Even as a young kid, I knew I was watching more than just a guy who did goofy shit and made me laugh. Although I didn’t know it at the time, I was aware of Carlin’s unique skills as a rhetorician and wordsmith. He once described the attitude of a comedian as reflective of a way of looking at the world, a willingness to look around and say, “Something’s wrong here…”

While I was laughing like a little girl, listening to Carlin lambaste golfers and bourgeois environmentalists, my mother checked on me to see why I was so overtaken.

“Oh, that’s George Carlin,” she said. “I liked him better when he didn’t swear as much.” She was more a fan of the tamer days of “Baseball and Football” and “Hippie-dippie Weatherman”.


But while I like the cleaner Carlin stuff, I know that it’s impossible to talk about Carlin without mentioning his relationship with so-called “bad language”. After my first exposure to Carlin, I spent my early teens tearing my way through everything Carlin had done up to that point. It didn’t take me long to get to Class Clown and its final track, the one that got the law on his ass for several years and resulted in a Supreme Court hearing: “Seven Words You Can Never Say on Television”.

I remember not being able to contain my excitement after reading the title. Agreeing to listen to the track felt like an act of defiance in and of itself. Of course, standards of censorship had changed by the mid-90s — among other things, racy episodes of NYPD Blue were making their way onto network TV — but if considered as part of the early-70s, FCC-dominated media zeitgeist, “Seven Words” never loses its power, its fearless and honest examination of the extent to which language can affect us.

Interesting note: Just a few days ago, I happened to re-watch Carlin’s 2004 appearance on Inside the Actor Studio. Of course, James Lipton requested that Carlin recite the seven deadly words, which were all verboten in the early 70s. Carlin complied, and this time, only five of the words were bleeped. It seems “piss” and “tits” are now allowed. Progress.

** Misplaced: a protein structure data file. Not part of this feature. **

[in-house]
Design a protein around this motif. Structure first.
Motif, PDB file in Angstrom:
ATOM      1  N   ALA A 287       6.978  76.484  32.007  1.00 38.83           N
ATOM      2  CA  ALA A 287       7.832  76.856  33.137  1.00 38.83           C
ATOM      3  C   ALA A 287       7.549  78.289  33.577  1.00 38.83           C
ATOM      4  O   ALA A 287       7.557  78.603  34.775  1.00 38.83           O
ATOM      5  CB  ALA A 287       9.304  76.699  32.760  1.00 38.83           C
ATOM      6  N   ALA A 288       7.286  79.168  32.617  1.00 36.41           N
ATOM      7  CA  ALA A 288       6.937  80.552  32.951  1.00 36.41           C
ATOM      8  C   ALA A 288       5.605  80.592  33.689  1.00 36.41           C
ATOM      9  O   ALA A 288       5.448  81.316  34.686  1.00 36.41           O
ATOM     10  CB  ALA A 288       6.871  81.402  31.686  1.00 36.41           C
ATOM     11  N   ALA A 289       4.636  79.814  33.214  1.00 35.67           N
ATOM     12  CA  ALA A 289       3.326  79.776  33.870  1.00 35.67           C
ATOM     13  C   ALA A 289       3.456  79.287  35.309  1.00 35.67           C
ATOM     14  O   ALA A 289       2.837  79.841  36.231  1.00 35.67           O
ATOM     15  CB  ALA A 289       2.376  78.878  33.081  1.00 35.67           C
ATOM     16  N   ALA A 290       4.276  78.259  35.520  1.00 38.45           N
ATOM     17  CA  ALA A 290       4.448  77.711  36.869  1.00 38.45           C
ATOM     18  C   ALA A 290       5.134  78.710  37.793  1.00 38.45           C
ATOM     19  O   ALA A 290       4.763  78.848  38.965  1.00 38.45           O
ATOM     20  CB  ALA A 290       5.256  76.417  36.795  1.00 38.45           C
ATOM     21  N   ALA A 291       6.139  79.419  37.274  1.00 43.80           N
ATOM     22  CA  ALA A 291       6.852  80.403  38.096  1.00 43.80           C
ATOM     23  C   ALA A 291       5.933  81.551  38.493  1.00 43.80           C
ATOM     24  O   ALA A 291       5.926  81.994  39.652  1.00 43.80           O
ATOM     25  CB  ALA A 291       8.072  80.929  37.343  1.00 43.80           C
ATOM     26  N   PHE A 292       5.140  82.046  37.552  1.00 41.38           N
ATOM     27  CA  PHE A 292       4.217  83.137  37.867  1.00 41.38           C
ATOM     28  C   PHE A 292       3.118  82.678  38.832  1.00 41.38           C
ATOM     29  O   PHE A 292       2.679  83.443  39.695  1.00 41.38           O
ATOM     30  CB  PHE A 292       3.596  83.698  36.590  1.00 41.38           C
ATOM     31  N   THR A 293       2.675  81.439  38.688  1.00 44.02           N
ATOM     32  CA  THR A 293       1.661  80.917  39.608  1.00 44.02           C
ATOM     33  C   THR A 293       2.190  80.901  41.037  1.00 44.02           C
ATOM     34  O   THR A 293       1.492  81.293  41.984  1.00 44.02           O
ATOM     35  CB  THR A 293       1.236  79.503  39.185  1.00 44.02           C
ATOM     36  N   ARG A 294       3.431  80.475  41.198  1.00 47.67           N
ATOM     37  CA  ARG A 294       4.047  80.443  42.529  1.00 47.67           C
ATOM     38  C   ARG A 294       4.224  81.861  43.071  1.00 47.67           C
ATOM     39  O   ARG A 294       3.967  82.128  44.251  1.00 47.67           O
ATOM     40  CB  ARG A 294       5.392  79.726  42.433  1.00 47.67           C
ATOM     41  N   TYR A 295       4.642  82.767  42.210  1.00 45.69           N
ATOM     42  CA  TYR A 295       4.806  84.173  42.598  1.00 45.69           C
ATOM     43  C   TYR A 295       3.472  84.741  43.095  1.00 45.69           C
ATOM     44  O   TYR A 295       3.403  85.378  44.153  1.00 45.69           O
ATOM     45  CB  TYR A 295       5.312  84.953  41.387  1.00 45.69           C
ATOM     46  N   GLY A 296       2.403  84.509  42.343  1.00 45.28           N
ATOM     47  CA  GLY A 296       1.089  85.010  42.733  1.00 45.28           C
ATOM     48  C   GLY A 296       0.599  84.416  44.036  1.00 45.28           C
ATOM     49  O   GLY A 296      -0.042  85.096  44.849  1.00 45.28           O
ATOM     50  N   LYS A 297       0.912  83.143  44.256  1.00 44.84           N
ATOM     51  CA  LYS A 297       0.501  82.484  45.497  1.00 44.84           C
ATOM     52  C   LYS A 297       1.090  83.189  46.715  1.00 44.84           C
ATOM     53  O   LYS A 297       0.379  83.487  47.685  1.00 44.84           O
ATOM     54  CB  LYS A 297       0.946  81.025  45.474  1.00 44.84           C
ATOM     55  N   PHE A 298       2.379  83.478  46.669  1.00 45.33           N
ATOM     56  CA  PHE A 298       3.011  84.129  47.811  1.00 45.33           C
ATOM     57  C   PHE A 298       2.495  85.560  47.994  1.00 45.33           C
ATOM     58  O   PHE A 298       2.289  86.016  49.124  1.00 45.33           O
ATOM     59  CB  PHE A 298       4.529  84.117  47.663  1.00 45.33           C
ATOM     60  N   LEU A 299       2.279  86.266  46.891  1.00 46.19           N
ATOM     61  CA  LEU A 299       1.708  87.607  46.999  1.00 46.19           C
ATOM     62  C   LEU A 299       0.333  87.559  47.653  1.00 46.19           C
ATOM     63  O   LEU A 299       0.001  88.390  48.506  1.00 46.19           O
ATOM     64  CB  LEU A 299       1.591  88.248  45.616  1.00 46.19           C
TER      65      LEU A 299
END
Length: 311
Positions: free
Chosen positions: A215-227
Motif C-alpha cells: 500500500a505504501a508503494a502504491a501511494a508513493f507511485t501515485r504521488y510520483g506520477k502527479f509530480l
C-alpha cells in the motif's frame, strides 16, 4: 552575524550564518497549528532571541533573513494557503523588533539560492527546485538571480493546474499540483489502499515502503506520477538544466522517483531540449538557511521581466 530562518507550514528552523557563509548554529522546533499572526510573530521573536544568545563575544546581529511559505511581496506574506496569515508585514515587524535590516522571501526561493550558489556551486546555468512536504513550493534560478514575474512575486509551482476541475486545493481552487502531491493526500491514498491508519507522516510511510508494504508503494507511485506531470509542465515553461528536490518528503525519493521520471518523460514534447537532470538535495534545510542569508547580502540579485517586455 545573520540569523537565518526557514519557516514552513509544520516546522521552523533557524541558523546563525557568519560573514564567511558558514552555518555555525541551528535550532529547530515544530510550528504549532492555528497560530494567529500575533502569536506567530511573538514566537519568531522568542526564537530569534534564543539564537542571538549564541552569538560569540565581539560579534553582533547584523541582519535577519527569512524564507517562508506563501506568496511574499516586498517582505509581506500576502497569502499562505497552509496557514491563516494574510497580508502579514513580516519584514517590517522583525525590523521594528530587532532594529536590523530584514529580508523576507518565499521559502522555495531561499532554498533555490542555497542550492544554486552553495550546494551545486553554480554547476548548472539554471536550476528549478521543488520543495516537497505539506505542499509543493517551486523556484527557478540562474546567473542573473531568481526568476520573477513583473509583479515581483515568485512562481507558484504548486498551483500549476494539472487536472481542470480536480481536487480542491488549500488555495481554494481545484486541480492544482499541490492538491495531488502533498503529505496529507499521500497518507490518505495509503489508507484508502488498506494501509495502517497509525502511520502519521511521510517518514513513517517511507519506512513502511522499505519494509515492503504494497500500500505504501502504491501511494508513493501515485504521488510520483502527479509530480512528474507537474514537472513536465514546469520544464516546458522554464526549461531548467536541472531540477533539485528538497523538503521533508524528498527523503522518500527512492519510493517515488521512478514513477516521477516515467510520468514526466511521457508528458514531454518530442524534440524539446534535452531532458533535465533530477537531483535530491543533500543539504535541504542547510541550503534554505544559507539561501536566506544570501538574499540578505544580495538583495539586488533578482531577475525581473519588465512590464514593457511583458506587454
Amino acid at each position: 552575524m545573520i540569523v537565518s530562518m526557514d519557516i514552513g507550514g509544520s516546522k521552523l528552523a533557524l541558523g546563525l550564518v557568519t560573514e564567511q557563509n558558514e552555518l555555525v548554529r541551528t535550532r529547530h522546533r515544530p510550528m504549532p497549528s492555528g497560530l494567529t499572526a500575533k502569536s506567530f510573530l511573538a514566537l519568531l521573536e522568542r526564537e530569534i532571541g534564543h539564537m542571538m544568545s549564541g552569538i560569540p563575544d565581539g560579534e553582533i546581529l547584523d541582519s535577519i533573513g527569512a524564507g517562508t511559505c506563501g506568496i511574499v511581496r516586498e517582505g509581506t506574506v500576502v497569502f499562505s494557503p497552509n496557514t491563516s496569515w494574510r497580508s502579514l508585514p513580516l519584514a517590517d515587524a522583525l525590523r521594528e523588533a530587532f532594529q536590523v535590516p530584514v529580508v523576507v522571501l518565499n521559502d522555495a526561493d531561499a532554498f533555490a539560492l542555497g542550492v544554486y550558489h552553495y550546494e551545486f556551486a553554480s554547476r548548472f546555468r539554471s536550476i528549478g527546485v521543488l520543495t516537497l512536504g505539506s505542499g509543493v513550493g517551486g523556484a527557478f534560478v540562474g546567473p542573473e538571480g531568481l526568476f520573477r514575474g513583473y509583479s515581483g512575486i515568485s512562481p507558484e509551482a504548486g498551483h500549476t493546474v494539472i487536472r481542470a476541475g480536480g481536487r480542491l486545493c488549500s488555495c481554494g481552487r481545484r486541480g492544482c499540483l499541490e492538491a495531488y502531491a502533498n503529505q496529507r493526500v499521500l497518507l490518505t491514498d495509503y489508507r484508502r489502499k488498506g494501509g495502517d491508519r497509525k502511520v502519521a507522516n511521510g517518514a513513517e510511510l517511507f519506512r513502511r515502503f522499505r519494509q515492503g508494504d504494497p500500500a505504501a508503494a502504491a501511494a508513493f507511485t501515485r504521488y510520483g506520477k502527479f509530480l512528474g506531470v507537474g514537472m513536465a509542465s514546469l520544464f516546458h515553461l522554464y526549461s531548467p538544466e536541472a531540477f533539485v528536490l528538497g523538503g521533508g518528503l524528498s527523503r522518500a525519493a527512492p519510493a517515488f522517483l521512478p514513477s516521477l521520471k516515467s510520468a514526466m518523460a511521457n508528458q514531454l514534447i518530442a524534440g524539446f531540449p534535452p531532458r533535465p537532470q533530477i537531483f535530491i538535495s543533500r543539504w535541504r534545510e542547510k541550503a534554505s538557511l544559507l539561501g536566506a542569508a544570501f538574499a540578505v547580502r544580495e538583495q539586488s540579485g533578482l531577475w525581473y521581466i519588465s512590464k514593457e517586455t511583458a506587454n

The original list of seven went through several amendments and incarnations, finally culminating in the astounding “Incomplete List of Impolite Words”, which never fails to make my jaw hit the floor.

It’s just one of many “list” routines he did:

“People I Can Do Without” (e.g. a proctologist with poor depth perception).

“Advertising Lullaby” (No cash? No problem. No kidding! No down payment. No payments or interest ’till September).

“Things to Watch Out For” (e.g. anal rape, quicksand, rogue elephants).

“I’m a Modern Man” (…a man for the millenium…an alpha-male on beta-blockers, prematurely post-traumatic).


One of the things that always irked me was when people referred to Carlin as a bitter old cynic. I guess I reserve a special contempt for this since I’ve received the same label myself, even at 28. But I think of myself as a frustrated idealist, not a cynic, and I believe Carlin was the same way. A true cynic doesn’t complain about the sordid state of the world, because a cynic expects nothing more. A true cynic accepts the nature of reality and doesn’t bother to conceive of an ideal.

A frustrated idealist, on the other hand, sees the world for its potential and mourns humanity’s inability to achieve that potential. A frustrated idealist sees how people screw things up and develops a certain disdain that can be misread as true cynicism.

Carlin regarded himself as an optimist, and as much as some of the things he said would suggest otherwise, I believe him. It was his optimism and idealism (and thus his frustration with reality) that I believe led to his increasingly acerbic satire. Up until the early 80s, if Carlin engaged in political and social commentary, it was usually in a conversational tone, a relatively light frolic through the absurdities of the American cultural landscape.

By the mid-80s, however — with Reaganomics and the Moral Majority in full swing — his commentary turned towards invective, a more pointed, accusatory, and altogether polemical thrashing of societal hypocrisies. He was more outspoken about his hatred of religion — especially the presence of Christianity in American life — and also his opposition to political conservativism.